The 12th annual “Spring Allergy Capitals” report was released on April 1, 2014, by the Asthma and Allergy Foundation of America (AAFA). It’s a pretty impressive analysis of this prevalent health condition. Nearly 45 million Americans have allergies, and they account for more than 17 million outpatient office visits a year, primarily in the spring and fall, according to the Centers for Disease Control and Prevention.
Along with these allergy sufferers, another 25 million Americans have asthma. These patients already have a chronic sensitivity to things such as pollen, mold, and other airborne allergens, but they can also be more susceptible to rapid changes in temperature and moisture and to catching a common cold or the flu.
According to the report, more than 100 metropolitan areas in the country have just the right mix of factors to be considered an “allergy capital.” Clearly, pharmacists throughout America are going to be needed to help patients of all ages get through this allergy season and the rest of the year.
Cities in the top 10 allergy capitals include Louisville, Kentucky; Dallas, Texas; Richmond, Virginia; and Birmingham, Alabama.
Calculating these rankings takes into account a number of factors, including the area’s pollen score, allergy medicine utilization, and number of board-certified allergists.
The pollen score, which is provided to AAFA by IMS Health, reflects recorded pollen/mold spore levels, the estimated prevalence of certain types of pollens/molds over the most recent spring season, and the duration of the peak season for the most allergenic pollen types.
The medicine utilization score considers the sale of prescription, OTC, and behind-the-counter allergy medications per patient during the most recent spring season. The last factor calculates the number of board-certified allergy and immunology specialists per every 10,000 patients.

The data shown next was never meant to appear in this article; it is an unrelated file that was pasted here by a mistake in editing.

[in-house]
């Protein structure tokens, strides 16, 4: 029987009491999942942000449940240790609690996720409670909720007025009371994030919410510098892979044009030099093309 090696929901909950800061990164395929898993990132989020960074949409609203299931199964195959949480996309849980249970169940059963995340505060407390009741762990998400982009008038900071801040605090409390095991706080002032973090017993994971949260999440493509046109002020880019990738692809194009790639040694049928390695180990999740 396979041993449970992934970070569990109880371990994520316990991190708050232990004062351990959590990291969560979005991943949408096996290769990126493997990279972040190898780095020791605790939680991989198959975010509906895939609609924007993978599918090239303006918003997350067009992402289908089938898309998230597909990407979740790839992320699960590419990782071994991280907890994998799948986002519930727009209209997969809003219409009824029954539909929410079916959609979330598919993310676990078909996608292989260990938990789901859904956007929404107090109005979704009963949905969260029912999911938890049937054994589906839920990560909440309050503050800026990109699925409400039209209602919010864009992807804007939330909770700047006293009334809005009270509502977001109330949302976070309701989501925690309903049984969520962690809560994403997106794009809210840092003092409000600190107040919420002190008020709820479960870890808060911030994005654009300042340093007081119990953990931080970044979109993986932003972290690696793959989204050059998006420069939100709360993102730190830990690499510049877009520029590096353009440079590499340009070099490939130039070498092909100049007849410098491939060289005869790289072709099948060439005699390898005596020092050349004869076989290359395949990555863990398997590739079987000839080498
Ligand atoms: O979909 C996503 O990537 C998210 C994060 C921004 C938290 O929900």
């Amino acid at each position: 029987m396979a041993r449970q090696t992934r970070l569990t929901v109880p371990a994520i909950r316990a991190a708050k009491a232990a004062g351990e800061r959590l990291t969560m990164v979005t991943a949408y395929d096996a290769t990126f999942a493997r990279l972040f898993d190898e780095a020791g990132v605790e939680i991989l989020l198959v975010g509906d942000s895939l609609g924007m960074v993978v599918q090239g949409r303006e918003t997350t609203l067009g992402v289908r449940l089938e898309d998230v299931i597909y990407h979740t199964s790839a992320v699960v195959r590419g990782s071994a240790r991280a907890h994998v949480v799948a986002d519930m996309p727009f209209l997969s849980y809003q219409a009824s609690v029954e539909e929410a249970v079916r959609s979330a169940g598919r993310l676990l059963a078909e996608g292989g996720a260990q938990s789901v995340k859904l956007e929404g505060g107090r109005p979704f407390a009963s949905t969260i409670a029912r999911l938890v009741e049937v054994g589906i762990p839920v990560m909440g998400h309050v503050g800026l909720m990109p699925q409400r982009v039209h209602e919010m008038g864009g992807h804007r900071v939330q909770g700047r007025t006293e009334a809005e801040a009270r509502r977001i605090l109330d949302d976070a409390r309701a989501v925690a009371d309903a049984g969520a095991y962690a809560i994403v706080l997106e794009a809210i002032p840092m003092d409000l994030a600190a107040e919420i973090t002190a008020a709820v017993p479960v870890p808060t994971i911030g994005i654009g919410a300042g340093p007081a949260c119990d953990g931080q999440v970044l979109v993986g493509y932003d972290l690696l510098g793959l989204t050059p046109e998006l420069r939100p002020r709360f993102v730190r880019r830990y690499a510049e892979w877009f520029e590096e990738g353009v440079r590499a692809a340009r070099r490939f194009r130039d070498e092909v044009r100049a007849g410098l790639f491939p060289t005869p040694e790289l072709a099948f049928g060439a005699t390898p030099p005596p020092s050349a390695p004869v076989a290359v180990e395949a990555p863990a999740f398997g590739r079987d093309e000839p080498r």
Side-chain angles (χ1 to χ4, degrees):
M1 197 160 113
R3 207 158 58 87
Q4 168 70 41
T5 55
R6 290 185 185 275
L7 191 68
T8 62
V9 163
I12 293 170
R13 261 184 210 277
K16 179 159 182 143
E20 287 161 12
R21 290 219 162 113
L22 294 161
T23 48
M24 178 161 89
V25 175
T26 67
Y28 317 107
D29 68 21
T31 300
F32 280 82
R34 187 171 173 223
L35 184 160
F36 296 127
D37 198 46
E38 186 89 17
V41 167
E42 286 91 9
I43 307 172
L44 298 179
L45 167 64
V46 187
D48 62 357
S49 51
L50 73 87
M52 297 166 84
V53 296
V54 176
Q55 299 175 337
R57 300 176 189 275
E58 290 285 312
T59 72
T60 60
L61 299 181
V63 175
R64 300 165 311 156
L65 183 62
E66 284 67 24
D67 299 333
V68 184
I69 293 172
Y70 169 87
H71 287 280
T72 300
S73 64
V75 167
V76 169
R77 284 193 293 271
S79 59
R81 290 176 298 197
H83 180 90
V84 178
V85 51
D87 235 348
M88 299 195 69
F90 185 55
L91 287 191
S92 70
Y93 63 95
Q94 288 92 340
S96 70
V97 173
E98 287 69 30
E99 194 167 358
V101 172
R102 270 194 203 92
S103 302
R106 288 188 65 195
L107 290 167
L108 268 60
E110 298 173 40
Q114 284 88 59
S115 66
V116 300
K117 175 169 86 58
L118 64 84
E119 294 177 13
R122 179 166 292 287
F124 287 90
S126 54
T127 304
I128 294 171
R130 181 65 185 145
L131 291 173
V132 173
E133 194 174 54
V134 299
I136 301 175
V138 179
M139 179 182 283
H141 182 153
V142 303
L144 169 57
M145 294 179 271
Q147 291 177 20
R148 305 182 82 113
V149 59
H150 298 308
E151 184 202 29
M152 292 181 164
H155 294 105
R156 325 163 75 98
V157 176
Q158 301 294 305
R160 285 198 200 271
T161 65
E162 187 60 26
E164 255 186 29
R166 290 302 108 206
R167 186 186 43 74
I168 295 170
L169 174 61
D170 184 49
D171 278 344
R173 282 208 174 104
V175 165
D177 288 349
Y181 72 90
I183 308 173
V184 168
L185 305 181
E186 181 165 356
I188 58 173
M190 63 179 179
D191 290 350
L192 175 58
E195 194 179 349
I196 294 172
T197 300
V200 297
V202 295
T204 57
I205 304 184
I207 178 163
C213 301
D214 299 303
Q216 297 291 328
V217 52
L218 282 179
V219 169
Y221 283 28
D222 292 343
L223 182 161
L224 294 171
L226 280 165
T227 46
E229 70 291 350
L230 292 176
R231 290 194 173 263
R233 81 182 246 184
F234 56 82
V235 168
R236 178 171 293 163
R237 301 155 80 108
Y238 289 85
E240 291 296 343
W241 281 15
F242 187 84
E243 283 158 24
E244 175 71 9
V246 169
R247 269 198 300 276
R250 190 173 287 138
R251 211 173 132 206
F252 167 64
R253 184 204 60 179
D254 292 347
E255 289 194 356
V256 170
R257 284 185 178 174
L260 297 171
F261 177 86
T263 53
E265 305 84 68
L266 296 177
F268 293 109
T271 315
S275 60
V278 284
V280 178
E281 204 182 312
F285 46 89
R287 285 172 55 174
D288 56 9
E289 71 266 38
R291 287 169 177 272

This year, an anomaly occurred that the AAFA calls “Spwinter”— the overlap of spring and winter, as signs of spring and buds on trees began appearing as early as February and as winter conditions fluctuated, with rain or snow and temperature changes of nearly 50 degrees in just a day. The subsequent mold and tree pollens triggered massive allergic reactions—so pharmacists will be kept very busy.
The AAFA recommends a proactive approach for patients combatting allergies and related health conditions. In our world, that means going to see your local pharmacist and talking through your individual symptoms.
The pharmacist is the most accessible health care professional available to the general public in America—and he or she is a fountain of knowledge when it comes to allergies and the many conditions that require proper medication and counseling strategies. The pharmacist is the best resource for patients who take control of their own health issues—and take on the responsibilities associated with them.
Thank you for reading!
Chairman/Chief Executive Officer